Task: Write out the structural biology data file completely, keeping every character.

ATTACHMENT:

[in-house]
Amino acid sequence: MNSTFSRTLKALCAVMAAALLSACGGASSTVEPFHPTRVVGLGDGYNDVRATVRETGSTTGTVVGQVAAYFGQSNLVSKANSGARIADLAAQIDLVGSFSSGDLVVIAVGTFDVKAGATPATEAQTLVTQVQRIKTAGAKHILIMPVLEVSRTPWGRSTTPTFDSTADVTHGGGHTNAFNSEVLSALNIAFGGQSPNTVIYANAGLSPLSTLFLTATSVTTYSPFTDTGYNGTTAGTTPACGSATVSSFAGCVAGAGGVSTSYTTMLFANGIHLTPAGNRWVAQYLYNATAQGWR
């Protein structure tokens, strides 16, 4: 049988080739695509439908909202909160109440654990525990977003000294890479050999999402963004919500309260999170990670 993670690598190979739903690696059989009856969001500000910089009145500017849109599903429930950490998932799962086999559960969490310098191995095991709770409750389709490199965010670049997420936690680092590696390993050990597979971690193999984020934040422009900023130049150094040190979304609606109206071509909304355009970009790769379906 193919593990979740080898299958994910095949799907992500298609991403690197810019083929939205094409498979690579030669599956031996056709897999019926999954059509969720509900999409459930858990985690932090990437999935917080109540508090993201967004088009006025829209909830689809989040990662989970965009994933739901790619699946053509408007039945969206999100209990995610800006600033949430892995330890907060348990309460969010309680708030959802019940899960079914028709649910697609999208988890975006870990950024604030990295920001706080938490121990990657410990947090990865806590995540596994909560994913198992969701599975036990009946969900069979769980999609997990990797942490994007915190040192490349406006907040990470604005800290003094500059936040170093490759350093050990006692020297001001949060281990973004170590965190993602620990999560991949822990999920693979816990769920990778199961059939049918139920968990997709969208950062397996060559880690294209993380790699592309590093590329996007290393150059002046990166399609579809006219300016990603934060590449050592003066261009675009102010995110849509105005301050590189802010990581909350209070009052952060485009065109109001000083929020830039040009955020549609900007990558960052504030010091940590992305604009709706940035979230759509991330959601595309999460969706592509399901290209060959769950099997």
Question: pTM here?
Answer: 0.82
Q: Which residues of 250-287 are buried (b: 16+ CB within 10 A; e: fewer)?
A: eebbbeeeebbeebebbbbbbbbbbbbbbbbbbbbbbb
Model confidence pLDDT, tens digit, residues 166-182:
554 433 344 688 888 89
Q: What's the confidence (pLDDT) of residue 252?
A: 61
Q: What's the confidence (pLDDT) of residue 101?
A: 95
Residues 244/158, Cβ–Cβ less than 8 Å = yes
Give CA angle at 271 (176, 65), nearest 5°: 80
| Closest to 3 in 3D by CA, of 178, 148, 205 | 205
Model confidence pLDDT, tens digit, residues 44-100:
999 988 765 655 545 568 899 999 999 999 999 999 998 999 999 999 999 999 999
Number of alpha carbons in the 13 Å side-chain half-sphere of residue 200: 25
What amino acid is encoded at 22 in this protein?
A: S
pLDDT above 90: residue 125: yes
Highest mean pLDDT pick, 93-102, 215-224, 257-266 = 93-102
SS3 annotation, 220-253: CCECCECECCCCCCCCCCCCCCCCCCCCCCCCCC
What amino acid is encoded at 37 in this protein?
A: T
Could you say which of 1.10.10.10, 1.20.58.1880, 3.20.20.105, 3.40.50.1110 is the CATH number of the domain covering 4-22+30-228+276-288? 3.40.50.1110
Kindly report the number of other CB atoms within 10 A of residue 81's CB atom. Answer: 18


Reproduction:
[in-house]
Amino acid sequence: MNSTFSRTLKALCAVMAAALLSACGGASSTVEPFHPTRVVGLGDGYNDVRATVRETGSTTGTVVGQVAAYFGQSNLVSKANSGARIADLAAQIDLVGSFSSGDLVVIAVGTFDVKAGATPATEAQTLVTQVQRIKTAGAKHILIMPVLEVSRTPWGRSTTPTFDSTADVTHGGGHTNAFNSEVLSALNIAFGGQSPNTVIYANAGLSPLSTLFLTATSVTTYSPFTDTGYNGTTAGTTPACGSATVSSFAGCVAGAGGVSTSYTTMLFANGIHLTPAGNRWVAQYLYNATAQGWR
């Protein structure tokens, strides 16, 4: 049988080739695509439908909202909160109440654990525990977003000294890479050999999402963004919500309260999170990670 993670690598190979739903690696059989009856969001500000910089009145500017849109599903429930950490998932799962086999559960969490310098191995095991709770409750389709490199965010670049997420936690680092590696390993050990597979971690193999984020934040422009900023130049150094040190979304609606109206071509909304355009970009790769379906 193919593990979740080898299958994910095949799907992500298609991403690197810019083929939205094409498979690579030669599956031996056709897999019926999954059509969720509900999409459930858990985690932090990437999935917080109540508090993201967004088009006025829209909830689809989040990662989970965009994933739901790619699946053509408007039945969206999100209990995610800006600033949430892995330890907060348990309460969010309680708030959802019940899960079914028709649910697609999208988890975006870990950024604030990295920001706080938490121990990657410990947090990865806590995540596994909560994913198992969701599975036990009946969900069979769980999609997990990797942490994007915190040192490349406006907040990470604005800290003094500059936040170093490759350093050990006692020297001001949060281990973004170590965190993602620990999560991949822990999920693979816990769920990778199961059939049918139920968990997709969208950062397996060559880690294209993380790699592309590093590329996007290393150059002046990166399609579809006219300016990603934060590449050592003066261009675009102010995110849509105005301050590189802010990581909350209070009052952060485009065109109001000083929020830039040009955020549609900007990558960052504030010091940590992305604009709706940035979230759509991330959601595309999460969706592509399901290209060959769950099997």
Question: pTM here?
Answer: 0.82
Q: Which residues of 250-287 are buried (b: 16+ CB within 10 A; e: fewer)?
A: eebbbeeeebbeebebbbbbbbbbbbbbbbbbbbbbbb
Model confidence pLDDT, tens digit, residues 166-182:
554 433 344 688 888 89
Q: What's the confidence (pLDDT) of residue 252?
A: 61
Q: What's the confidence (pLDDT) of residue 101?
A: 95
Residues 244/158, Cβ–Cβ less than 8 Å = yes
Give CA angle at 271 (176, 65), nearest 5°: 80
| Closest to 3 in 3D by CA, of 178, 148, 205 | 205
Model confidence pLDDT, tens digit, residues 44-100:
999 988 765 655 545 568 899 999 999 999 999 999 998 999 999 999 999 999 999
Number of alpha carbons in the 13 Å side-chain half-sphere of residue 200: 25
What amino acid is encoded at 22 in this protein?
A: S
pLDDT above 90: residue 125: yes
Highest mean pLDDT pick, 93-102, 215-224, 257-266 = 93-102
SS3 annotation, 220-253: CCECCECECCCCCCCCCCCCCCCCCCCCCCCCCC
What amino acid is encoded at 37 in this protein?
A: T
Could you say which of 1.10.10.10, 1.20.58.1880, 3.20.20.105, 3.40.50.1110 is the CATH number of the domain covering 4-22+30-228+276-288? 3.40.50.1110
Kindly report the number of other CB atoms within 10 A of residue 81's CB atom. Answer: 18